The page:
The "interp" Function

Syntax#

interp(a, b, amount, ease, [bx1, by1, bx2, by2]);
ArgumentTypeDescription
arealThe starting value to interpolate from
brealThe target value to interpolate to
amountrealThe amount, or percentage to interpolate between values (variable recommended)
easeinteger/macroSets the easing method for the interpolation (see options below)
[bx1]realOptional: X percentage for left control point of a cubic bezier curve (0-1)
[by1]realOptional: Y percentage for left control point of a cubic bezier curve (0-1)
[bx2]realOptional: X percentage for right control point of a cubic bezier curve (0-1)
[by2]realOptional: Y percentage for right control point of a cubic bezier curve (0-1)
[curve]curveOptional: Animation curve asset to use if ease is set to ease_curve

Description#

Returns a value interpolated between the two input values with optional easing methods to create a smooth start and/or end to animations.

The first input value should equal the original state of the value and the second input the target state of the value. For example, to move an object from x = 0 to x = 50, 0 and 50 would be the two input values here.

The third input value can be thought of as a percentage of completion. Using the same example, an input amount of 0.5 would return x = 25.

In order to create animations with this script, the interpolation amount must be input as a variable which is incremented externally.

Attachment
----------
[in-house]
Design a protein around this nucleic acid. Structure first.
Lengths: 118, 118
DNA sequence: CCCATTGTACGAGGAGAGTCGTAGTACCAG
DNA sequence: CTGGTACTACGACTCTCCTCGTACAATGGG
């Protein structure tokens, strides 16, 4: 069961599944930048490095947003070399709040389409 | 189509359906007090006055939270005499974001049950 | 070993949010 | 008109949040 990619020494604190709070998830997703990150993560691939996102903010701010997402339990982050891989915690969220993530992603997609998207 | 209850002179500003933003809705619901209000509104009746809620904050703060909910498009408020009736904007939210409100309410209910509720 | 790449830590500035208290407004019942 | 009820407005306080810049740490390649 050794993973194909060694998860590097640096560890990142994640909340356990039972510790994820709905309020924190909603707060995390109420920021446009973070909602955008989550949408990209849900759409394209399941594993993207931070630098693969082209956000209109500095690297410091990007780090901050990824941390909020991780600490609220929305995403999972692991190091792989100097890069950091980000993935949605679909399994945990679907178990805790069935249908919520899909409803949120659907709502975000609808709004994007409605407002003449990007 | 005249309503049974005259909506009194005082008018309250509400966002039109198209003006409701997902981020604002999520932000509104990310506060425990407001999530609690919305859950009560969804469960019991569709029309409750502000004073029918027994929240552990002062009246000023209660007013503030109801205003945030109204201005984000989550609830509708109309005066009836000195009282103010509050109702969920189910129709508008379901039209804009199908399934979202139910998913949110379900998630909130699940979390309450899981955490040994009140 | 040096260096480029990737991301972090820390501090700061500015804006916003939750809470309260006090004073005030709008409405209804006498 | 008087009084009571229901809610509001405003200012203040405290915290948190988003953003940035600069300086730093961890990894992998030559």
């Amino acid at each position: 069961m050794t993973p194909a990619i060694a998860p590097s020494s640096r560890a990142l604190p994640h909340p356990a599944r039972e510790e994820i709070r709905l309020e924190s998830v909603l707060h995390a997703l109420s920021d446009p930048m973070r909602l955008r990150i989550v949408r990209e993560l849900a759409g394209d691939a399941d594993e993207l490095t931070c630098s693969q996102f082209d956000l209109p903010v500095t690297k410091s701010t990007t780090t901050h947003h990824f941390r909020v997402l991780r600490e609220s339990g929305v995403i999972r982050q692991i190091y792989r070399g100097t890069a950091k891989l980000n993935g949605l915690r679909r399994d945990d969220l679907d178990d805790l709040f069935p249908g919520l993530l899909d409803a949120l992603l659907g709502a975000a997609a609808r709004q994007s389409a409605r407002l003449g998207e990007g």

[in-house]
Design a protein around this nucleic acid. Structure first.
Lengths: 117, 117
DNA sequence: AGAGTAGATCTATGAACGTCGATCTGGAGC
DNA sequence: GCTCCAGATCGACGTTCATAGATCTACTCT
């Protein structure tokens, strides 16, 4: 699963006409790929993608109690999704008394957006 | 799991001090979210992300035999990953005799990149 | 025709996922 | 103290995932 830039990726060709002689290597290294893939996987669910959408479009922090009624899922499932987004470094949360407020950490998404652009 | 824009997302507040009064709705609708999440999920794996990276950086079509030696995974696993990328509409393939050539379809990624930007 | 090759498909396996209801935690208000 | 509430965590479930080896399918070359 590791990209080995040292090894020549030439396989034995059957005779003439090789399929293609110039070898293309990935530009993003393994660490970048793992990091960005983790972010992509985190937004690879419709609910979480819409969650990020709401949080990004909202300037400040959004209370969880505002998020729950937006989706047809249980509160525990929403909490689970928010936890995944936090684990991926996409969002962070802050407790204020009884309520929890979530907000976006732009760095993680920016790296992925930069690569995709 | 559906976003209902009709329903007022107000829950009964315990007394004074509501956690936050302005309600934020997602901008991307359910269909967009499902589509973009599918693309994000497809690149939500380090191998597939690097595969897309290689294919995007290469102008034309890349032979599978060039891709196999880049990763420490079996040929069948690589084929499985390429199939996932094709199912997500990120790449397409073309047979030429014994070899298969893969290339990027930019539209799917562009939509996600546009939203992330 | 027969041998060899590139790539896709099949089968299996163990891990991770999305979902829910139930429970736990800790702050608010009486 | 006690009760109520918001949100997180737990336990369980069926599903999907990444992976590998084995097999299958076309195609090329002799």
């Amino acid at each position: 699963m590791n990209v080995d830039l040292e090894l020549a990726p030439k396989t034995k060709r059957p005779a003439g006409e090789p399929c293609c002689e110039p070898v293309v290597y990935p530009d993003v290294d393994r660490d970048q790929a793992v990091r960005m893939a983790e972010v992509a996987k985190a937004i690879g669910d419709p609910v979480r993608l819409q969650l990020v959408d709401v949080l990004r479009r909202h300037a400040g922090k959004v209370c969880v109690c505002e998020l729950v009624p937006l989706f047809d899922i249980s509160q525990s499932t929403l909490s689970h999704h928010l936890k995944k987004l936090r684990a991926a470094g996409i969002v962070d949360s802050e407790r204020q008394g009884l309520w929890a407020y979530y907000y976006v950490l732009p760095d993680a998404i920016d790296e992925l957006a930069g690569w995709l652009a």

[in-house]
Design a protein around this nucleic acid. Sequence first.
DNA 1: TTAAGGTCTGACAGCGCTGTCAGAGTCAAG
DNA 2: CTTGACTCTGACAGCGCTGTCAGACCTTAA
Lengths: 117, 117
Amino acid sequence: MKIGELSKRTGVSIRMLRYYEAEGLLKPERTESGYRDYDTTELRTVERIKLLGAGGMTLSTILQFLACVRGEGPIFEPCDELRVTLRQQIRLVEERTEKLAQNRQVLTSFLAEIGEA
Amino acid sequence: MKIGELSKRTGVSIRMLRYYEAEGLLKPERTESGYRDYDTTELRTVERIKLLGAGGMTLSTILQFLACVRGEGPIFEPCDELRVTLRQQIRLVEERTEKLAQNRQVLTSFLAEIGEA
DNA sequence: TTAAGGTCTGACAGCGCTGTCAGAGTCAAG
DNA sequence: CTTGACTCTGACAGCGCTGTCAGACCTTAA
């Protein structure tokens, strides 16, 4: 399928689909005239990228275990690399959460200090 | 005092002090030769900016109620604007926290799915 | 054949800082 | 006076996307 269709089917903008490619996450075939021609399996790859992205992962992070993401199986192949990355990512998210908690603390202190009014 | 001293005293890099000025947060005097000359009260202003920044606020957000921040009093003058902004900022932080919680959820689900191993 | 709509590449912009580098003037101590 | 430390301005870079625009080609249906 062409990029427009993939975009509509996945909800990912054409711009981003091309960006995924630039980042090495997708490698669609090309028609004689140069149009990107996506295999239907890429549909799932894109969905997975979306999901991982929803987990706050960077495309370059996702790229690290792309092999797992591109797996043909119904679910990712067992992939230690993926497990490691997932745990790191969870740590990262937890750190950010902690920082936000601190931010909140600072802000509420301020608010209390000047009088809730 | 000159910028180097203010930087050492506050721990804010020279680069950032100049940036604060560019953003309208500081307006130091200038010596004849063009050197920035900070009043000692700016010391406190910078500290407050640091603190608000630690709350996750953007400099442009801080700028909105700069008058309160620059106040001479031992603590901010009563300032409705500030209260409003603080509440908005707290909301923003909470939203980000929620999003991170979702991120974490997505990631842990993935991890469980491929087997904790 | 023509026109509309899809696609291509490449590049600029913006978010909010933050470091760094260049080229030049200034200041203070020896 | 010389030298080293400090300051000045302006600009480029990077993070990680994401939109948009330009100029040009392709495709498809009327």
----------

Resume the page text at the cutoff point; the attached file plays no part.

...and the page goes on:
The fourth and final value is an integer specifying the easing method used during interpolation. Simple true or false values can be used here for sine or linear interpolation, respectively, but in addition to these basic modes there are 30 different easing techniques, plus other custom techniques, featured below. Built-in easing techniques are ordered from shallowest to deepest curve.

tip

See the included interactive demo for a visual example of this function!

For memorability, it is recommended to use an easing macro from the list below in place of an integer value:

Easing MacroValueEasing MacroValue
ease_none-4ease_expo_in17
ease_sin1ease_expo_out18
ease_sin_in2ease_circ19
ease_sin_out3ease_circ_in20
ease_quad4ease_circ_out21
ease_quad_in5ease_rubber22
ease_quad_out6ease_rubber_in23
ease_cubic7ease_rubber_out24
ease_cubic_in8ease_elastic25
ease_cubic_out9ease_elastic_in26
ease_quart10ease_elastic_out27
ease_quart_in11ease_bounce28
ease_quart_out12ease_bounce_in29
ease_quint13ease_bounce_out30
ease_quint_in14ease_bezier31
ease_quint_out15ease_curve32
ease_expo16

If the bezier ease mode is selected, four more arguments can be supplied to act as control points for a custom interpolation curve. These values range from 0-1, but Y values can be less or greater to create a rubber-banding effect. See https://cubic-bezier.com/ for an interactive visual example.

Other types of curves can be created visually in GameMaker 2.3 and newer. To use these curves with interp, specify ease_curve as the mode and then supply an additional argument pointing to the animation curve asset desired. Note that only the first channel in an animation curve asset will be used.

important

Only a custom bezier curve or a custom curve asset can be input. Both cannot be input at the same time.

Example#

duration = 5;
time += delta_time/1000000;
x = interp(0, 50, time/duration, ease_quart);
y = interp(0, 50, time/duration, ease_bezier, 0.66, -0.33, 0.33, 1.33);
z = interp(0, 50, time/duration, ease_curve, my_curve);